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23

Salt is perhaps the most basic and effective flavour enhancer, and so it's fairly obvious why we have it on our dinner tables. The popularity of pepper is down to the Romans, who were crazy about it. Thanks to the longevity of the Roman Empire, pepper was imported for hundreds of years, helping to establish it as the most popular spice, and keeping the ...


18

You can't really substitute cayenne pepper for black pepper. They're completely different, not even in the same botanical order. Cayenne pepper is a powdered chile. Black pepper is tiny drupe. The heat in cayenne pepper comes from capsaisin, and the pepperyness in black pepper from piperine. Closer substitutes would be white peppercorns (in moderation!), ...


15

According to wikipedia, the melting point of piperine - the compound responsible for the pungency of black pepper - is 130 degrees celsius, so it's definitely not a given that anything you'll be cooking will heat all of the piperine above 130 degrees celsius - at which point you'd begin to get significantly faster decomposition (and lose the peppery flavor). ...


13

Same plant for both. Black pepper is unripe fruit (green), picked and sun dried til it turns black. White pepper is the fully ripe seed stripped of its outer husk. Here's the first link that google gave me to verify. http://en.wikipedia.org/wiki/White_pepper#White_pepper Also, Harold McGee has a couple of pages in "On Food and Cooking" for further detail. ...


13

They don't taste identical at all, and even more important, they don't smell the same. White pepper has a distinct "barnyard" odor. People do indeed use them when black flecks might be unpleasant, but in most cases I'd rather go pepperless or just live with the color.


10

Regarding the amount of "heat" in the recipe, I'd agree with @justkt that you'd want to go with 1/8 to 1/4 (at most) of the specified amount of black pepper if substituting cayenne. I like spicy food and go through a lot of cayenne (and other) chile pepper preparations, and they can vary a lot in terms of strength even within the same variety. So, I'd start ...


9

Black pepper and white pepper are differing preparations of the fruit of the Piper nigrum plant. Black pepper is made from the unripened, green fruit. It is dried, whereupon the fruit shrivels leaving the distinctive black, wrinkly exterior. White pepper is the fruit's dried seed without the encapsulating flesh. The flesh is removed by a process called ...


8

To taste is one of those awesome cooking terms that trips people up all the time. To taste does not mean to what tastes good to you, although you can use that as a determination and your dish should still come out fine for most people. To taste means that you add salt (or whatever) while tasting the dish and you slowly add until the seasoning tastes ...


8

Capers are generally very salty, and not what you want as a peppercorn substitute. I think that black/white/red/madagascar peppercorn would be a fine substitute. The distinction between the different pepper flavours is very subtle, and not one to worry about much.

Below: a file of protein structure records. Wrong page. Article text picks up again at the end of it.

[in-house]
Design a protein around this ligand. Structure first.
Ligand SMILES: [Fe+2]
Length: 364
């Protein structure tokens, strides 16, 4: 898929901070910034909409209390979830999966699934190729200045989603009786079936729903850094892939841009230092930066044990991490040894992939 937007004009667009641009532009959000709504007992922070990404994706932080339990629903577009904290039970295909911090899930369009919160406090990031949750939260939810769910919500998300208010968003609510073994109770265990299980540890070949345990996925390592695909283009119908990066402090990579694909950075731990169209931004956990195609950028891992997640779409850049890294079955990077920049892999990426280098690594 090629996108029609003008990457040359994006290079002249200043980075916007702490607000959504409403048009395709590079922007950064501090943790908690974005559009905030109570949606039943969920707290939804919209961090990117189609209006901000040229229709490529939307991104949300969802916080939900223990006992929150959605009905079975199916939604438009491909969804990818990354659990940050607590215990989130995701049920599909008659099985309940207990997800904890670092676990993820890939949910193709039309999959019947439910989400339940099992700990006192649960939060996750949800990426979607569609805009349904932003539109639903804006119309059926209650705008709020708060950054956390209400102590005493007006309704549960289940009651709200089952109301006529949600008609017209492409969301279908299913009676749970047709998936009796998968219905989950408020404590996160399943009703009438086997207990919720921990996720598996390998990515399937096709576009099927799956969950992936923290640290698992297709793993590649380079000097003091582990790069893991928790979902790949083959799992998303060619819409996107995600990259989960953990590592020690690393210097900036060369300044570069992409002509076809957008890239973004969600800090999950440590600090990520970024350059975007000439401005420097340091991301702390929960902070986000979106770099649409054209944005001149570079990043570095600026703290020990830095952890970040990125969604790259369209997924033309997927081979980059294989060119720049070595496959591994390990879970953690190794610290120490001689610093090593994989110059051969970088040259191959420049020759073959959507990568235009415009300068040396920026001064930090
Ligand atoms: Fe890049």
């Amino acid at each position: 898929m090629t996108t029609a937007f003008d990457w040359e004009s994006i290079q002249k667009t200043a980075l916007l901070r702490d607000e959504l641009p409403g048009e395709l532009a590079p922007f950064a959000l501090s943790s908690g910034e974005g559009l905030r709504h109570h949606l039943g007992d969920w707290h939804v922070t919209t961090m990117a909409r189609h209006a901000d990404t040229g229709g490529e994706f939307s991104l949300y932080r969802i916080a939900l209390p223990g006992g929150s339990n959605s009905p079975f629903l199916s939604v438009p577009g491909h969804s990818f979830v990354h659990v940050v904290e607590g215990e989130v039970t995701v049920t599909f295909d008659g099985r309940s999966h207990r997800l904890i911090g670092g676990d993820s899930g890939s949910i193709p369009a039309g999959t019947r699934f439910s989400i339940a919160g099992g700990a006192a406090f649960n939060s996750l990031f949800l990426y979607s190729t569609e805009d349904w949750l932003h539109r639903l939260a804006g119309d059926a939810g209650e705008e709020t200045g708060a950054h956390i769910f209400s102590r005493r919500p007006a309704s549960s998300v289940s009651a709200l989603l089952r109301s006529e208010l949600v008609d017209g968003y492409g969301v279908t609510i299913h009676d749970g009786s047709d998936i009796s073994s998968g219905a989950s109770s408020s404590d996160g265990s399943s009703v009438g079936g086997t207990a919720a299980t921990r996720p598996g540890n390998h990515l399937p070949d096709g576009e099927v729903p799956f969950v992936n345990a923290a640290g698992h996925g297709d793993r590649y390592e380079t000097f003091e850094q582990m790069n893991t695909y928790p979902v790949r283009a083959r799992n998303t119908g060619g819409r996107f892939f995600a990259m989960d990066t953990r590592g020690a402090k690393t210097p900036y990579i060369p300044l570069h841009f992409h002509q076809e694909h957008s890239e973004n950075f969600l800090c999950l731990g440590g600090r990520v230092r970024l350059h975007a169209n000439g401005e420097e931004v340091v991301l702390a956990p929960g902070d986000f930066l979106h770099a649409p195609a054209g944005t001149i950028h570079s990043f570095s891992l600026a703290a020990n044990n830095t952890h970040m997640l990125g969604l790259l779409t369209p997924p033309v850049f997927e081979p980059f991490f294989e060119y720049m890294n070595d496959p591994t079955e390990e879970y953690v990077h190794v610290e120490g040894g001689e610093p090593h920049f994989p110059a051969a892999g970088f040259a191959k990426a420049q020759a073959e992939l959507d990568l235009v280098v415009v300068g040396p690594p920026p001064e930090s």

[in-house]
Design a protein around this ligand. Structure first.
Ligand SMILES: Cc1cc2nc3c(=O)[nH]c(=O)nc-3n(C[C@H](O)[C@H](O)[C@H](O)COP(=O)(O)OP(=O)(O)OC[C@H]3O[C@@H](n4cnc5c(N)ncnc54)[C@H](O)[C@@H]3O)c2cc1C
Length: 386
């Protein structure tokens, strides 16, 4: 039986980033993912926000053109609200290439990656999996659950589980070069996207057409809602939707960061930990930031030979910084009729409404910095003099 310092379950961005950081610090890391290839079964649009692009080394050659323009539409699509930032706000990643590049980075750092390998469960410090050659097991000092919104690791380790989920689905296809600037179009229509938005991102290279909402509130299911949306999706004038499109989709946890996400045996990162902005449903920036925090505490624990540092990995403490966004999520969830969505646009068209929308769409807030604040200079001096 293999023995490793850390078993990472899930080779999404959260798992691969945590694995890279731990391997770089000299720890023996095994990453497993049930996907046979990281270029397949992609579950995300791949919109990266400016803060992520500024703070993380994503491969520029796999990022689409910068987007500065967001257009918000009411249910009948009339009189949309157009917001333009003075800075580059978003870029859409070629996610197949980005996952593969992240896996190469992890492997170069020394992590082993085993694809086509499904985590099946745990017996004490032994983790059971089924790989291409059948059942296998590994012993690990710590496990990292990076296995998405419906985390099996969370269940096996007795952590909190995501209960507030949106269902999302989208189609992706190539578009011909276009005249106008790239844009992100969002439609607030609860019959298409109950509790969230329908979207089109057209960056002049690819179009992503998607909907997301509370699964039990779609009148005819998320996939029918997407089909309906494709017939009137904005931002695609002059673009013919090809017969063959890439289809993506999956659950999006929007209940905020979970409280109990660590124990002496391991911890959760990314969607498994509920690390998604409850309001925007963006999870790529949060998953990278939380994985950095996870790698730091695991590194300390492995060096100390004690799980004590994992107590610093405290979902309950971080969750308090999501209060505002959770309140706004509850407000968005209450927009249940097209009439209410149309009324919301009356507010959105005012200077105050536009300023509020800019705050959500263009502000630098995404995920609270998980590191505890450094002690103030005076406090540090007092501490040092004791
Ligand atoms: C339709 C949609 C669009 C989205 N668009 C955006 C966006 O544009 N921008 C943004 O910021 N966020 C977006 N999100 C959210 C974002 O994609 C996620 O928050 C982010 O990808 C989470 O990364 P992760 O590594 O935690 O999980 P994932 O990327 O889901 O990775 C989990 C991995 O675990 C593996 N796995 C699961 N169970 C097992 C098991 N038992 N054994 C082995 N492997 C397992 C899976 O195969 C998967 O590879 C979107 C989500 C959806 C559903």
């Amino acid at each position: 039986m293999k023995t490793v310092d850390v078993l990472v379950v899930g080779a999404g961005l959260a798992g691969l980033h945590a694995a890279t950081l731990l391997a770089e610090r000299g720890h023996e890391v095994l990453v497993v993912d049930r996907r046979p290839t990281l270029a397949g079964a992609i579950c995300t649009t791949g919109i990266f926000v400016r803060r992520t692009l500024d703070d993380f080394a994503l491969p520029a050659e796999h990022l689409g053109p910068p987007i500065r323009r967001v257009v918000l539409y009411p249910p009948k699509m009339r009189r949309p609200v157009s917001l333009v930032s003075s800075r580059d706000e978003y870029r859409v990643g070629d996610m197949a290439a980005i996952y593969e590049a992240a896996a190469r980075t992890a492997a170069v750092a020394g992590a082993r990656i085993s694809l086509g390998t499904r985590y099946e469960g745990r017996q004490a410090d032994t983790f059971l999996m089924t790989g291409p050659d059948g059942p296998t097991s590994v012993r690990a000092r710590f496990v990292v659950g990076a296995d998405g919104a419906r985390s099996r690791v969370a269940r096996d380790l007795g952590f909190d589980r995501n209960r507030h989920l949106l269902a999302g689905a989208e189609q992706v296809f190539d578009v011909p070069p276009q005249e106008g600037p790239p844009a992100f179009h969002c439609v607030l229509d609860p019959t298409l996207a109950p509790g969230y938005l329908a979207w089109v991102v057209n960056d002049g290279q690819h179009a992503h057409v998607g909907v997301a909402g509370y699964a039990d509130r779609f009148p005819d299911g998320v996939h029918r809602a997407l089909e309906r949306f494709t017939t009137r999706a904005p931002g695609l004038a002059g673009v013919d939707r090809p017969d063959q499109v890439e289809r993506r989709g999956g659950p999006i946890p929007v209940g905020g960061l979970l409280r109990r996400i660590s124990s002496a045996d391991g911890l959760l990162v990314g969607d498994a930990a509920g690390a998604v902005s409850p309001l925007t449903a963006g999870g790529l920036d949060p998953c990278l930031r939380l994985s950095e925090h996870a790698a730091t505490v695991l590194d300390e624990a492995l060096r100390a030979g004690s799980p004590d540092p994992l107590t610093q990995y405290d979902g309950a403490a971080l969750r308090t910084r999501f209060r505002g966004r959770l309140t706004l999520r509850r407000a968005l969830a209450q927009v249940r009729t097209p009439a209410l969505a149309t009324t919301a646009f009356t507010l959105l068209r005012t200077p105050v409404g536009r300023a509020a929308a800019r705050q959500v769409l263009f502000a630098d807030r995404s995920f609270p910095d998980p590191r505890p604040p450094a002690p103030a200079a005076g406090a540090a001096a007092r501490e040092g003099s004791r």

8

So far, the best reference I found is Wikipedia. Black pepper (Piper nigrum) has the following varieties: Black pepper White pepper Green pepper Orange pepper and red pepper Cubeb (Piper cubeba), or tailed pepper Long pepper (Piper longum) Sichuan pepper (Zanthoxylum) Pink peppercorn (Schinus molle, Schinus terebinthifolius)


8

Executive summary Buy the shortest pepper mill you can comfortably use and only fill it with two or three weeks worth of peppercorns. The colour should be light and if you buy more than one similarly shaped mill, be sure to buy contrasting colours if they are not otherwise easily distinguishable from one another. You should not chose a transparent mill for ...


7

With whole peppercorns you will eventually bite into one, giving a burst of peppery goodness. This works only if the dish is to be cooked enough to soften the corns. I love to do this in soups and meatloafs. It could also work in casseroles.


6

You'll need 2 recipes: Cacio e Pepe ... just do some searches for that dish, and you'll find a bunch of recipes. Pecorino/Parmesan Cheese Shell. Try grating fresh Parmesan and sprinkling it over a silicone baking mat. While it's still warm, drape it over an upside-down bowl to shape it. Once it cools, I think you're all set. I plan to try this! EDIT: ...


5

I think you have it pretty well covered with the list you've provided. The only other I'm aware of is the Szechuan Peppercorn, which is an important part of Asian cusine. For example the are a key ingredient in Five - spice powder You may find reference to things like French Perrercorns but these just tend to be blends of the the others.


5

Cacio e Pepe is a great traditional roman dish (I'm roman!). The ingredients are: pecorino cheese, 160g for 4 people (I use Pecorino Romano, but you can use an equivalent sheep (not cow) cheese). Freshly ground black pepper olive oil (optional) Boil the pasta in salted water. In the meantime heat some olive oil in a pan. Keep in a little bowl some ...